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1 February 2010 Assessing Compensatory Versus Additive Harvest Mortality: An Example Using Greater Sage-Grouse
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We used band-recovery data from 2 populations of greater sage-grouse (Centrocercus urophasianus), one in Colorado, USA, and another in Nevada, USA, to examine the relationship between harvest rates and annual survival. We used a Seber parameterization to estimate parameters for both populations. We estimated the process correlation between reporting rate and annual survival using Markov chain Monte Carlo methods implemented in Program MARK. If hunting mortality is additive to other mortality factors, then the process correlation between reporting and survival rates will be negative. Annual survival estimates for adult and juvenile greater sage-grouse in Nevada were 0.42 ± 0.07 (x ¯ ± SE) for both age classes, whereas estimates of reporting rate were 0.15 ± 0.02 and 0.16 ± 0.03 for the 2 age classes, respectively. For Colorado, average reporting rates were 0.14 ± 0.016, 0.14 ± 0.010, 0.19 ± 0.014, and 0.18 ± 0.014 for adult females, adult males, juvenile females, and juvenile males, respectively. Corresponding mean annual survival estimates were 0.59 ± 0.01, 0.37 ± 0.03, 0.78 ± 0.01, and 0.64 ± 0.03. Estimated process correlation between logit-transformed reporting and survival rates for greater sage-grouse in Colorado was ρ  =  0.68 ± 0.26, whereas that for Nevada was ρ  =  0.04 ± 0.58. We found no support for an additive effect of harvest on survival in either population, although the Nevada study likely had low power. This finding will assist mangers in establishing harvest regulations and otherwise managing greater sage-grouse populations.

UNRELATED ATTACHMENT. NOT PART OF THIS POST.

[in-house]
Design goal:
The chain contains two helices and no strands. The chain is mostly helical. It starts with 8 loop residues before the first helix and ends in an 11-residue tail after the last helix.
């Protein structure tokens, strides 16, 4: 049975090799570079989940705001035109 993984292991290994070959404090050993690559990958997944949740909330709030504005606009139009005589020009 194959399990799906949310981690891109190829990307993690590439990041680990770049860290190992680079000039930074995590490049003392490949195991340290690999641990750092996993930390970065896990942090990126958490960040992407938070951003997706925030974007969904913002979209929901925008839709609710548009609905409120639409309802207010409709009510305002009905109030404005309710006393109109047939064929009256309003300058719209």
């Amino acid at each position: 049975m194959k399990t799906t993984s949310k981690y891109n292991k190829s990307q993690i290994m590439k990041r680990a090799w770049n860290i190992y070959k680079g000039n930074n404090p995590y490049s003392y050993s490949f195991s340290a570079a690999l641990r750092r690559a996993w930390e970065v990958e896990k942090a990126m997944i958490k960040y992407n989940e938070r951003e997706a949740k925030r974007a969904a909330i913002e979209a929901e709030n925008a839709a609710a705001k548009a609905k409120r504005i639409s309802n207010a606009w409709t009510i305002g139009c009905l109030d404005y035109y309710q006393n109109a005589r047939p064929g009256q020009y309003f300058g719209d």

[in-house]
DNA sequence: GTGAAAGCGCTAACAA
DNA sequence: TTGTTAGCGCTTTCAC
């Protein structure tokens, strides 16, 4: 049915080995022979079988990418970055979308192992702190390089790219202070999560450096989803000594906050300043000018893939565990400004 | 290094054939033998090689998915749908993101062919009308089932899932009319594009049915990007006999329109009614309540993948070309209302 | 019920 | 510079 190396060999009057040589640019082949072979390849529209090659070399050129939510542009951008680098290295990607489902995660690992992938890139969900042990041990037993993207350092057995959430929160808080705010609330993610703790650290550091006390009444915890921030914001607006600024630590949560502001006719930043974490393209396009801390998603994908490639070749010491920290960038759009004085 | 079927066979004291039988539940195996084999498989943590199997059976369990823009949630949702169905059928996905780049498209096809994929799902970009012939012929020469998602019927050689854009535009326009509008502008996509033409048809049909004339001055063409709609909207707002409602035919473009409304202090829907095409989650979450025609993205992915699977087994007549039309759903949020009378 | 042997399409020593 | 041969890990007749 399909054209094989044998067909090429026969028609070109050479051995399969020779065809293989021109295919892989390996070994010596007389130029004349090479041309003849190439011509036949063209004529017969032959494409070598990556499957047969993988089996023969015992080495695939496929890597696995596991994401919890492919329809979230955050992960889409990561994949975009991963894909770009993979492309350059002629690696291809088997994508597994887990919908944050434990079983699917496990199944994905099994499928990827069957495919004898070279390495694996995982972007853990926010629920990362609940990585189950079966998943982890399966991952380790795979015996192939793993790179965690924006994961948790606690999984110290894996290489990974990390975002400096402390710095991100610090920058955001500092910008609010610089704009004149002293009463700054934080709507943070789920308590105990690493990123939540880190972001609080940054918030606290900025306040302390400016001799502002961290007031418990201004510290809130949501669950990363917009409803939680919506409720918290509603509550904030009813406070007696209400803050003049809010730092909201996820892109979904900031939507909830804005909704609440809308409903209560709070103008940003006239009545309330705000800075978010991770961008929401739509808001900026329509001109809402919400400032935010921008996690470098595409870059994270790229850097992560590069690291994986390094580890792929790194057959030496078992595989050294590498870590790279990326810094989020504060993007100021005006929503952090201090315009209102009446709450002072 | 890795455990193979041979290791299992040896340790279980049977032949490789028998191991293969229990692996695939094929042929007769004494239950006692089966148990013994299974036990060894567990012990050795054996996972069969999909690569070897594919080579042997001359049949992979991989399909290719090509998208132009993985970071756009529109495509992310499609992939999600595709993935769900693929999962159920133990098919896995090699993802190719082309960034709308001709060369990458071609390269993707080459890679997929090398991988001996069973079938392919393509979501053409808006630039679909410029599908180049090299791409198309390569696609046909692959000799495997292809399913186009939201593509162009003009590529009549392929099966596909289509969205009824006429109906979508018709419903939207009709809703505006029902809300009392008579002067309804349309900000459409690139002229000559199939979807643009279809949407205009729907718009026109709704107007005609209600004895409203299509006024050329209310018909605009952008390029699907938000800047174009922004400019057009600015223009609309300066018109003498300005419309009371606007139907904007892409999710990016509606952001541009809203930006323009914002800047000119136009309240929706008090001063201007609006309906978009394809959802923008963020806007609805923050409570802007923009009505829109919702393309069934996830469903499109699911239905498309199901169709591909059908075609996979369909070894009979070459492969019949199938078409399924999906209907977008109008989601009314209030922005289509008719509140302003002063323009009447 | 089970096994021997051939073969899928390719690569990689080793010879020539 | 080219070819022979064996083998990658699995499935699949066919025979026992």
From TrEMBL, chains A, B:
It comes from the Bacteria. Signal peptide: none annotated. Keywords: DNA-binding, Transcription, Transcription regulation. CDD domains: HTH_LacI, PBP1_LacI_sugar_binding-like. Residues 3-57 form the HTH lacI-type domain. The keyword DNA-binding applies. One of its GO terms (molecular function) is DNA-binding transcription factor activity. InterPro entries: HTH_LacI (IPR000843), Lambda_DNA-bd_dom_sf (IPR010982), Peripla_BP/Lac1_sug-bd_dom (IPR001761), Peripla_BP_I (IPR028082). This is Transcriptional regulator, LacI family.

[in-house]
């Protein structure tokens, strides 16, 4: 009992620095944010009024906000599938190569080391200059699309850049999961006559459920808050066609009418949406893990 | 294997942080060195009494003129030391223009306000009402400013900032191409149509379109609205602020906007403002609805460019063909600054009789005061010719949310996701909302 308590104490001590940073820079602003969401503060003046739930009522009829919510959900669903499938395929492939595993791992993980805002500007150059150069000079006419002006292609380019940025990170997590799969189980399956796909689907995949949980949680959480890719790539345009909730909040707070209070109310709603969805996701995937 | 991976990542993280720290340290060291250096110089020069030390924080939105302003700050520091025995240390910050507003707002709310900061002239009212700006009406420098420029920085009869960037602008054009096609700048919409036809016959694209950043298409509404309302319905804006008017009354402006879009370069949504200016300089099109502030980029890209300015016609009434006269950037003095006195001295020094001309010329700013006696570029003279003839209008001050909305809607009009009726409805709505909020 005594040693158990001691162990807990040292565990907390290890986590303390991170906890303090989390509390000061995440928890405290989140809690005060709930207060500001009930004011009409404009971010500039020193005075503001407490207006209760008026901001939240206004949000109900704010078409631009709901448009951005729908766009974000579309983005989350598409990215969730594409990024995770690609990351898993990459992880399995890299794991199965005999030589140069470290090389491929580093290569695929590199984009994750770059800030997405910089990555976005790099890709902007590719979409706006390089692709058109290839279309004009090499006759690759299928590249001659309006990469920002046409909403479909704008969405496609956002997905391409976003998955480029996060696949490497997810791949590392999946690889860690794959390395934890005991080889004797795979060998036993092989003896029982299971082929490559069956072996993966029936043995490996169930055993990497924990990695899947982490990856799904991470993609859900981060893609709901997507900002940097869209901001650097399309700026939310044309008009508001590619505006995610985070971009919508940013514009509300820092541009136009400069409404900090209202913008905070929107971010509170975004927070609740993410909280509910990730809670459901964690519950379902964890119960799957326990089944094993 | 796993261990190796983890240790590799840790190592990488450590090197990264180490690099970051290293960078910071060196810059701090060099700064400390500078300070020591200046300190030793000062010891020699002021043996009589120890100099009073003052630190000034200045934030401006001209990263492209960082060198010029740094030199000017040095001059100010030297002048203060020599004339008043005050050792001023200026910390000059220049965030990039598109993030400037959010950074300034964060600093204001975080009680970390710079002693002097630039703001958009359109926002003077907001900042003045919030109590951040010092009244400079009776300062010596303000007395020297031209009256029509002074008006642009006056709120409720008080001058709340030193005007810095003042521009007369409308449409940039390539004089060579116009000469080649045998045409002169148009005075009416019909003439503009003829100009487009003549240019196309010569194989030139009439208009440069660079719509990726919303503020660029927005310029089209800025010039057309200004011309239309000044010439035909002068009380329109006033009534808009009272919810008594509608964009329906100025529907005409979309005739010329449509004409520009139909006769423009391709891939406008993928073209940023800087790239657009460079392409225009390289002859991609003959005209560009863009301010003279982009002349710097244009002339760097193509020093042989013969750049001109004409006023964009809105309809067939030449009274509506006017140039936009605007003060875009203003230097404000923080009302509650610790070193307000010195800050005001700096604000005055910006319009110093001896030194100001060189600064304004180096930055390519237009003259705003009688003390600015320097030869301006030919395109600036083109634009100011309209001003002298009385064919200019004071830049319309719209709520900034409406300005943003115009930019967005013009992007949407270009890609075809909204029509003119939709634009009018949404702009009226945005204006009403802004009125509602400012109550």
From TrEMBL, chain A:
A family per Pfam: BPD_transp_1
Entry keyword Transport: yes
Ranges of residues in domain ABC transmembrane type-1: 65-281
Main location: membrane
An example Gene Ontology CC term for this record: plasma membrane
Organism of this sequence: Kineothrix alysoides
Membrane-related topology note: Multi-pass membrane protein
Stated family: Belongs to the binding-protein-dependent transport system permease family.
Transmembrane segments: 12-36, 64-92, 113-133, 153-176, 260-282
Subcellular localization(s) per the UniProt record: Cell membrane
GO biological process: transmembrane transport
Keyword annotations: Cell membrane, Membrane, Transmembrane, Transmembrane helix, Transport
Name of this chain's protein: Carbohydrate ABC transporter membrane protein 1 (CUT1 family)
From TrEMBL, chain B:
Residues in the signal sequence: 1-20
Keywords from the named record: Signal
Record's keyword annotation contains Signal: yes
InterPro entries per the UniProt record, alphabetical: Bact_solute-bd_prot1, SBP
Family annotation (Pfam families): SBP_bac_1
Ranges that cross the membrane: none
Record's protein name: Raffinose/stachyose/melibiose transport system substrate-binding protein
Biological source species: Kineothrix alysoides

James S. Sedinger, Gary C. White, Shawn Espinosa, Ed T. Partee, and Clait E. Braun "Assessing Compensatory Versus Additive Harvest Mortality: An Example Using Greater Sage-Grouse," Journal of Wildlife Management 74(2), 326-332, (1 February 2010).
Published: 1 February 2010

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